Tattered tails

Butterflies are such amazing creatures to observe.  The way the flit about through a garden and search through the flowers for their favorite nectar it a great joy to watch.  At the same time, when you look closely you will see that most butterfly wings show signs of wear.  It is somewhat unusual to see the wings unscathed by everyday life.  I don’t know if it is birds getting to them or if the delicate wings just get damaged in their constant landing and taking off but most often, I see holes and tears and missing pieces.

You can see on this yellow swallowtail that only one side has the iconic tail at the end of the wing.  She lost that other one somewhere but that does not really diminish the overall beauty.  Thinking about this reminds me how often we judge things based on our idea of perfection.  When something fails to meet that standard, we feel like it has less value and we tend to dismiss it.

This happens even in the case of how we treat other people. This behavior of holding things up to a standard of perfection often causes us to miss out on what is wonderful in spite of small flaws.  Nothing is really perfect.  We should be looking for what is good and building it up instead of tearing down what is imperfect.  Again, my photography teaches me life lessons.  What a great way to spend time learning more and looking for beauty.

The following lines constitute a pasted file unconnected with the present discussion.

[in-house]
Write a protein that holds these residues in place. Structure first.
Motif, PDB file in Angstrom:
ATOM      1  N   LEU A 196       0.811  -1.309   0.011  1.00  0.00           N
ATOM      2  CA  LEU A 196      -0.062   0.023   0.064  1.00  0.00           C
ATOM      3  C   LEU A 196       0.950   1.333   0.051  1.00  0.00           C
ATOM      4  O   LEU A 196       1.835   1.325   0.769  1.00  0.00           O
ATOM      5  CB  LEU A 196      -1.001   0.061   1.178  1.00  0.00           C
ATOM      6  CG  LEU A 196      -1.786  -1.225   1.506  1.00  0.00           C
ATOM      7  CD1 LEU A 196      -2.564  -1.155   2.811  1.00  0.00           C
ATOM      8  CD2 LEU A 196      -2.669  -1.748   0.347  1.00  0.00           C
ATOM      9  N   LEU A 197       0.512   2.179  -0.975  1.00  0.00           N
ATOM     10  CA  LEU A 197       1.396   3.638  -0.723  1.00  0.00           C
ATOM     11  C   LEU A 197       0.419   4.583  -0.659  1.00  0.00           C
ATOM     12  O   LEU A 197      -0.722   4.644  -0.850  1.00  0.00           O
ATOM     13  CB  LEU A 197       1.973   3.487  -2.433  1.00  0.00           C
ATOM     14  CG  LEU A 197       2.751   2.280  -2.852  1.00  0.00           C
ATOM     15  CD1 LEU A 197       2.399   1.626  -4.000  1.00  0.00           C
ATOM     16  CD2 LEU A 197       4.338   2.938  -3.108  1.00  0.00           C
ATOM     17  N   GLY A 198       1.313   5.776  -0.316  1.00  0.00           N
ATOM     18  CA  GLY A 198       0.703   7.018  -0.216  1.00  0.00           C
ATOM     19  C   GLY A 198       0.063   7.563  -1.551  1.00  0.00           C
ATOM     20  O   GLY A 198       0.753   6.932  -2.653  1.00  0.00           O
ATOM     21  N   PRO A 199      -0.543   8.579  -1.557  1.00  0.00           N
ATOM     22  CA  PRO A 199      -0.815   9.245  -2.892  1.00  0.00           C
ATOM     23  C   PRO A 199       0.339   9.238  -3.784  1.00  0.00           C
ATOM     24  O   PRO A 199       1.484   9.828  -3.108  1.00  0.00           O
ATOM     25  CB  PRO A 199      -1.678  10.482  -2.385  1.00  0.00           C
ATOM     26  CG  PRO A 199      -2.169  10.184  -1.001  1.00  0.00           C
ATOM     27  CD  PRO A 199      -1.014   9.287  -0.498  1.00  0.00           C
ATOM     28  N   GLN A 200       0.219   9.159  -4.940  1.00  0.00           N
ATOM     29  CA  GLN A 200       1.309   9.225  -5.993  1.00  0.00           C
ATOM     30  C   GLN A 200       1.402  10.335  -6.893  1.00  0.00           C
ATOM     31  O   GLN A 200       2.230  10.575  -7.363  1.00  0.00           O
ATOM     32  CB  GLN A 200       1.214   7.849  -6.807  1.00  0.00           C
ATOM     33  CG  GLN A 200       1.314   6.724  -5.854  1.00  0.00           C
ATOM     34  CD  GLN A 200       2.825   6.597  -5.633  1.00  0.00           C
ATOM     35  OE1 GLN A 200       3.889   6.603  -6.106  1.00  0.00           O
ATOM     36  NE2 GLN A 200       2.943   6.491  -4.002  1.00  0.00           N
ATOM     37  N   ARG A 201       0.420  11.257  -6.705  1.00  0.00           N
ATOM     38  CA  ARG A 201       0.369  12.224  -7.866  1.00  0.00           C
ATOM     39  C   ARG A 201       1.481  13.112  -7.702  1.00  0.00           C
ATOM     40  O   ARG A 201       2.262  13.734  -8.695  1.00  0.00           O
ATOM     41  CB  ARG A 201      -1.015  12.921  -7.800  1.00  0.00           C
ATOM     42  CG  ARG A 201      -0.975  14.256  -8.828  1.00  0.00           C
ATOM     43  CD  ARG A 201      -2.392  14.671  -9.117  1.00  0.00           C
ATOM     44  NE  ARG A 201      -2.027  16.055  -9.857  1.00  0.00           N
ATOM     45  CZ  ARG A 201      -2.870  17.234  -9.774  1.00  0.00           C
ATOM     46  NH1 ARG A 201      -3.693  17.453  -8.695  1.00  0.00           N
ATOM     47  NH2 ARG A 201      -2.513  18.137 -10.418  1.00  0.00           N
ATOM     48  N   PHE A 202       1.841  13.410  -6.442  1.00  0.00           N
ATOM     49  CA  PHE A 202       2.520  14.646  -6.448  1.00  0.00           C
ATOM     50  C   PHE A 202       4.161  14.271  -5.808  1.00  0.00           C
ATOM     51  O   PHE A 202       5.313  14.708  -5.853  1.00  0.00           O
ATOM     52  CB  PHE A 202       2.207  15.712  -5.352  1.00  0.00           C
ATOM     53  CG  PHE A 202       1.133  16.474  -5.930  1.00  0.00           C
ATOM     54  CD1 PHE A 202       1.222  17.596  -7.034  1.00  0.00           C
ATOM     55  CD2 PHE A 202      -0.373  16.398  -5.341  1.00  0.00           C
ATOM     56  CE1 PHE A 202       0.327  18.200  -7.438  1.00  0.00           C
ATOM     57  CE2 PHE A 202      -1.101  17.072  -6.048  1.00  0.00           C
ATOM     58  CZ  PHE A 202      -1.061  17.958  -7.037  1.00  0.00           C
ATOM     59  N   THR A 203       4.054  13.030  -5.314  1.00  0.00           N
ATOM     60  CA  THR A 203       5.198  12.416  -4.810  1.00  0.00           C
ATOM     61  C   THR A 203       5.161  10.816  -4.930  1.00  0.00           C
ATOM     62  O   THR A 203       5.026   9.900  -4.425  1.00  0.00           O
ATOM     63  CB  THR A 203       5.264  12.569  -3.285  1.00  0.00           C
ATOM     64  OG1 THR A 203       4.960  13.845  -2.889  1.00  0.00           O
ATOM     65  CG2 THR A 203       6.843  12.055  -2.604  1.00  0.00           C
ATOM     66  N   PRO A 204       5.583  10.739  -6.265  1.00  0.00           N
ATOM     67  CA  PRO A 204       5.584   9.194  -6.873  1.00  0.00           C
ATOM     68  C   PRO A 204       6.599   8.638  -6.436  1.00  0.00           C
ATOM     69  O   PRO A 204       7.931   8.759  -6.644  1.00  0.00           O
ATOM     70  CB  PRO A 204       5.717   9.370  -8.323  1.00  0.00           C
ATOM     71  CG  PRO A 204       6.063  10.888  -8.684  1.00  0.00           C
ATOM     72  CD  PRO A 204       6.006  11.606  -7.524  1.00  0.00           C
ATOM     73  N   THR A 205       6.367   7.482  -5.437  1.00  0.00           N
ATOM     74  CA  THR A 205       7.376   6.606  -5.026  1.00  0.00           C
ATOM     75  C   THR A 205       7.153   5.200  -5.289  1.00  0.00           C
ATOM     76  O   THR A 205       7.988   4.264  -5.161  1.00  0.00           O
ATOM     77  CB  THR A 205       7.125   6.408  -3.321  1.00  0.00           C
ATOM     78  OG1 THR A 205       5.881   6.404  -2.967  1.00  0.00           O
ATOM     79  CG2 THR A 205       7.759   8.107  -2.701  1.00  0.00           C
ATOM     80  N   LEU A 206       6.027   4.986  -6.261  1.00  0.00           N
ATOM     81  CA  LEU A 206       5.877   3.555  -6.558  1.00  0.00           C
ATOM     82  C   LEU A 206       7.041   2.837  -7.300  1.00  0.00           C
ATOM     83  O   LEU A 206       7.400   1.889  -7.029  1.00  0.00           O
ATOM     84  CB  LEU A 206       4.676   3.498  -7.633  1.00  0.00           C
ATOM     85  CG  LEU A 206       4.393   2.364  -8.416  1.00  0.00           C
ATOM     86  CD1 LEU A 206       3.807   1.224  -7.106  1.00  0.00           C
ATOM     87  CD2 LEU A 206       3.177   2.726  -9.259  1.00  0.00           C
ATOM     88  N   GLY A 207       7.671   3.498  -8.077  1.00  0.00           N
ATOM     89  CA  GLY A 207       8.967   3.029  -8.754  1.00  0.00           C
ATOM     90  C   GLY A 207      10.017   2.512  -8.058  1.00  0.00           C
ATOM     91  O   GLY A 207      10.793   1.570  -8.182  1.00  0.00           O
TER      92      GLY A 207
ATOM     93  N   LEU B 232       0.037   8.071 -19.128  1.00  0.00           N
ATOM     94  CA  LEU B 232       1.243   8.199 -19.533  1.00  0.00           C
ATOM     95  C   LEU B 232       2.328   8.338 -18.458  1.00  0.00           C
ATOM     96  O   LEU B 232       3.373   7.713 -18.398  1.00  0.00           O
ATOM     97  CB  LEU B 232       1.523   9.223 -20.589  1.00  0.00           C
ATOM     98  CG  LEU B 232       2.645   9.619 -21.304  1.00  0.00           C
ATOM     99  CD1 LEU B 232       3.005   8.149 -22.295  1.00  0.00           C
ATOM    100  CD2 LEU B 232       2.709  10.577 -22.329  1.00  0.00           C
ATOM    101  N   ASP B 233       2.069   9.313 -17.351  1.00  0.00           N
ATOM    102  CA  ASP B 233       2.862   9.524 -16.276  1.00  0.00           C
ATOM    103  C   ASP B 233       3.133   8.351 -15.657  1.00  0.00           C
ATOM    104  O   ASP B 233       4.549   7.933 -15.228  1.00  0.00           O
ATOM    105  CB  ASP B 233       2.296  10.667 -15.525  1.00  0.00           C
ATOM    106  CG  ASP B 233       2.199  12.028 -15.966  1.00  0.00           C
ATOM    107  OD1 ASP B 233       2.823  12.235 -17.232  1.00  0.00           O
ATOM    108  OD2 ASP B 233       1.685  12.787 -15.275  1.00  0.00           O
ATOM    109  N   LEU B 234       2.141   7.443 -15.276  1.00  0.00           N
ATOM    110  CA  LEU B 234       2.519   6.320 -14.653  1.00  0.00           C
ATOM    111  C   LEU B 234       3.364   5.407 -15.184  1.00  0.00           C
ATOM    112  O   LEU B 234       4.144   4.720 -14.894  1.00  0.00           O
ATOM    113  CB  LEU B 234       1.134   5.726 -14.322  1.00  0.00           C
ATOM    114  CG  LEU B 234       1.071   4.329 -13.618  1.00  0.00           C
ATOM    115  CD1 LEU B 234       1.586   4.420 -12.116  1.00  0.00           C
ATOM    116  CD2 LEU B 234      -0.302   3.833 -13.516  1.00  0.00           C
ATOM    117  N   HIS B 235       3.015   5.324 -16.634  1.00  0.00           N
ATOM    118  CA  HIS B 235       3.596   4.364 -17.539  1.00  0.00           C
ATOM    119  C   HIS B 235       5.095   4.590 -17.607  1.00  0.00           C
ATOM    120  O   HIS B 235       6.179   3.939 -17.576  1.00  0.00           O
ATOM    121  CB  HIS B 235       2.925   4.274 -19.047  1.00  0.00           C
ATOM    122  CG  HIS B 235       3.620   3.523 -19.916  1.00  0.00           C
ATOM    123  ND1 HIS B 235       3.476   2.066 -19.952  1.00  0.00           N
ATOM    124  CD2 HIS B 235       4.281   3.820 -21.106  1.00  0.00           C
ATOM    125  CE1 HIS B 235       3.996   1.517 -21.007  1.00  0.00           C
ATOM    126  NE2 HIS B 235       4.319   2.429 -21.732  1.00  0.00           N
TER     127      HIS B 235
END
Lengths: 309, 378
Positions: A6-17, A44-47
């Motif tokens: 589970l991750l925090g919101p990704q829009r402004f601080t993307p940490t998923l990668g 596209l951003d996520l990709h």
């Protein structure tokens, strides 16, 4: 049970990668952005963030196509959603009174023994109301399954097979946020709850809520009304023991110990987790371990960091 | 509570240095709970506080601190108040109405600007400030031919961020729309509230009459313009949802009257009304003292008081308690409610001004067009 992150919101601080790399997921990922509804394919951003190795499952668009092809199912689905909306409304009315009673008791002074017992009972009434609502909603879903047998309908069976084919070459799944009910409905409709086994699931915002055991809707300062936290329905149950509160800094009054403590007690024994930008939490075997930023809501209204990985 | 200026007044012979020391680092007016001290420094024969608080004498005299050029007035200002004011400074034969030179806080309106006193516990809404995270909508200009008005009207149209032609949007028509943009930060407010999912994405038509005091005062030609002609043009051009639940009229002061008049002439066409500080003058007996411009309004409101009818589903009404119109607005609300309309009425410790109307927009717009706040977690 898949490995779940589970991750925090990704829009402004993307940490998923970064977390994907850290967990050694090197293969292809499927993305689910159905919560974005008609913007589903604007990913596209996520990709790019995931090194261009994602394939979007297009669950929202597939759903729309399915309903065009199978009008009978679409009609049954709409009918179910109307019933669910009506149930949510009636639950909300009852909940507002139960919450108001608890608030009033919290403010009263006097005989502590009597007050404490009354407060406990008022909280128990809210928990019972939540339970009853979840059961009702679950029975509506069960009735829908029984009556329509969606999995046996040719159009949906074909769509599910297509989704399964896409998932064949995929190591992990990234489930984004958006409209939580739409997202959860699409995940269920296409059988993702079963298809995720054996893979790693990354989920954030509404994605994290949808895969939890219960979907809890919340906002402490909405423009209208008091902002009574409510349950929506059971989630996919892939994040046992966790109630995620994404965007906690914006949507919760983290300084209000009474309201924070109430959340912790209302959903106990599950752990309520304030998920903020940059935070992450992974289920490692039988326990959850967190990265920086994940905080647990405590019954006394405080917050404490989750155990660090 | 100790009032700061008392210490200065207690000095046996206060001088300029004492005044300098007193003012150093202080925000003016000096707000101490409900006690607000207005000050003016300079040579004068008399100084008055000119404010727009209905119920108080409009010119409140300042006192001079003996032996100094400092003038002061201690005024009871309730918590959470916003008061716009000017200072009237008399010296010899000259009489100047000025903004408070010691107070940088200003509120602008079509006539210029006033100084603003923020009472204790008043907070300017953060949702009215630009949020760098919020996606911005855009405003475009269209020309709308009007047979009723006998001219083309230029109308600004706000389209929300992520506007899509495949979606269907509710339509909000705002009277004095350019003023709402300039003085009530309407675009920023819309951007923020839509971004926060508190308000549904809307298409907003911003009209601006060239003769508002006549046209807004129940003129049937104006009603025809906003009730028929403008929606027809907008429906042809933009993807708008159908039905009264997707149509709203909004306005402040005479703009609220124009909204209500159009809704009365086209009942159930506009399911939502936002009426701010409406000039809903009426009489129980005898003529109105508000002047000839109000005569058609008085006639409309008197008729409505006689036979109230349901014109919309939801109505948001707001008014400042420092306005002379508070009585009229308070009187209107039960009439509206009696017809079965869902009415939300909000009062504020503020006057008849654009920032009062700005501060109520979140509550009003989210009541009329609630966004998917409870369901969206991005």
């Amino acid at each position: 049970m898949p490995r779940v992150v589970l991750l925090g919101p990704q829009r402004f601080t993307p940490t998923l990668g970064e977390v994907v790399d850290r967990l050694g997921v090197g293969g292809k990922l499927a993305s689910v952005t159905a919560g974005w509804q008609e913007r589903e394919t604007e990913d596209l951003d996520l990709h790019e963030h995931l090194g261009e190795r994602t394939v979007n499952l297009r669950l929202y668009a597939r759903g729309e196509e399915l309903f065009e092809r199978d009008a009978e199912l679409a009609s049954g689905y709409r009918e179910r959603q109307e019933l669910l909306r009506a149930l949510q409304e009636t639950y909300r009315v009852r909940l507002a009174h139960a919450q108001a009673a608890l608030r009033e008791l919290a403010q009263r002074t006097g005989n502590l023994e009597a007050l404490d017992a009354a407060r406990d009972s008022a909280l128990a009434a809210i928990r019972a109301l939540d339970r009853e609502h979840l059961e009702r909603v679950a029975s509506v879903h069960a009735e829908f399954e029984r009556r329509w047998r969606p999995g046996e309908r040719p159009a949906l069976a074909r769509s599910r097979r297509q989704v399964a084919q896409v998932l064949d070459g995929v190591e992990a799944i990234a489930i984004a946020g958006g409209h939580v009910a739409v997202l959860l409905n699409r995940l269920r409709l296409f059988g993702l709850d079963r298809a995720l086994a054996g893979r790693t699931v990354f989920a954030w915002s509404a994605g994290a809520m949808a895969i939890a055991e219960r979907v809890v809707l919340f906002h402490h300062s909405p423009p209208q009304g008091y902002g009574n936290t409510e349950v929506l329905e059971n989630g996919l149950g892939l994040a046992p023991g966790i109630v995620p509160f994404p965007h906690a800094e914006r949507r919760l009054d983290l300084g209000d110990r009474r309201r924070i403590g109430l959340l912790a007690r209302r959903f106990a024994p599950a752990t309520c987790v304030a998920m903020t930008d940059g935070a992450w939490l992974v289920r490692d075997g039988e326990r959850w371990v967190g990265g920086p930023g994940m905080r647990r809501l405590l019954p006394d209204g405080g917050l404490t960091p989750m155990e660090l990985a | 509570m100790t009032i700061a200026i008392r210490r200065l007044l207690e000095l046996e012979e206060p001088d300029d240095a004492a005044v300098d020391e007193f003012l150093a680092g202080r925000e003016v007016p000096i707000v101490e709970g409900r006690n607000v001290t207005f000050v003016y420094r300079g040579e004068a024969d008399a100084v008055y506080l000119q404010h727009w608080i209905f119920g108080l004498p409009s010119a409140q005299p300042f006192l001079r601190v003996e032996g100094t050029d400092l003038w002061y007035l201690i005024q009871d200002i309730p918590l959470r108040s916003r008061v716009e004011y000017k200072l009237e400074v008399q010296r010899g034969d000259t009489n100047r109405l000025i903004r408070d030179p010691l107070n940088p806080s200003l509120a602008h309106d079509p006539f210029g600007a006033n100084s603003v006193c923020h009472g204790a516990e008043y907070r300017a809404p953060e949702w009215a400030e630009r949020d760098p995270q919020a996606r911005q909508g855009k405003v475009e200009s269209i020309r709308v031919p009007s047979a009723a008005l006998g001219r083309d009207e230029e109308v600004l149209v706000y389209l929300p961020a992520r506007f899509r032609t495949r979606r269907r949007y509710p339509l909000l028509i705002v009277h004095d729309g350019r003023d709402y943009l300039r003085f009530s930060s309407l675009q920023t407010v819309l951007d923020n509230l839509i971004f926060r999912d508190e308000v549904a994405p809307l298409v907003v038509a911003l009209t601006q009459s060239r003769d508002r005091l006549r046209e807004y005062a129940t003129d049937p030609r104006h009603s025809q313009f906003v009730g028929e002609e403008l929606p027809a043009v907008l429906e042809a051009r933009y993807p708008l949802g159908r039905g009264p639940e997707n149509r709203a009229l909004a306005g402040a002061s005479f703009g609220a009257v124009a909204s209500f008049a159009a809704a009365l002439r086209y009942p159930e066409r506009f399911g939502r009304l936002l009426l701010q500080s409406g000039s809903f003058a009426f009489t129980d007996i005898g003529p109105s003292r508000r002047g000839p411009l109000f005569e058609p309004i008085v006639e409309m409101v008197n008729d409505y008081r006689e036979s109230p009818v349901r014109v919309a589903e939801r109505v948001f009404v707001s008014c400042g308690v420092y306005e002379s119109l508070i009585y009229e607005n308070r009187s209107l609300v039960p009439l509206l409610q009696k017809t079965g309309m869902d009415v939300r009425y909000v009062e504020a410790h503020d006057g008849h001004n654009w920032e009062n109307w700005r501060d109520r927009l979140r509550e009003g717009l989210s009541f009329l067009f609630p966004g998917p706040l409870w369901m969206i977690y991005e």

Eastern Tiger Swallowtail
(Papilio glaucus)

Atlanta Botanical Garden
Atlanta, Georgia, USA

Nikon D7100
Tamron SP 16-300mm F/3.5-6.3 Di II VC
300mm @ f/11 – 1/100 sec – ISO 200


Correction: Pine Warbler

We get tons of House finches at our feeders but the goldfinches only show up on occasion.  I am kind of  a novice at bird identification so I was pretty sure this is a female goldfinch but, it is actually a male Pine Warbler.  It seems that there are a few different finches and warblers that are close to the same size and have the yellow color as well as the black wings with white stripes.

I’m hoping that we see some male goldfinches soon since the color is brighter and it’s pretty easy to pick them out.  They really add some great color to contrast with the other birds we see often.  Lately, it’s been woodpeckers, cardinals, blue jays, house finches, chickadees, wrens, titmouse and nuthatches at the feeders most often.  We see morning doves, towhees, and brown thrashers on the ground and hummingbirds at the flowers and feeders.

Nikon D7100
Vanguard Altra Pro 263 AT tripod
Tamron SP 150-600mm F/5-6.3 Di VC USD G2
450mm @ f/10 – 1/30 sec – ISO 400

Curious Cardinal

What can I say, it’s David Akoubian’s fault!  I guess I was asking for it when I got his opinion on upgrading my long lens.  Now, I’m addicted to watching the birds around my house and trying to get just one more good shot.  On the positive side, the new Tamron 150-600 makes getting good shots a lot easier.

I sit out in the yard and watch the birds, hoping that they will land in a spot that will have some light, not be blocked by miscellaneous branches and where the birds are posing for me.  At the same time, I find that the birds occasionally seem to enjoy watching me.  When this female cardinal stopped at one of the few “perfect spots”, she kept cocking her head to the side with an expression like “what the heck are you doing?”.

Yeah, photographers are kind of crazy.

Nikon D7100
Vanguard Altra Pro 263 AT tripod
Tamron SP 150-600mm F/5-6.3 Di VC USD G2
600mm @ f/6.3 – 1/125 sec – ISO 200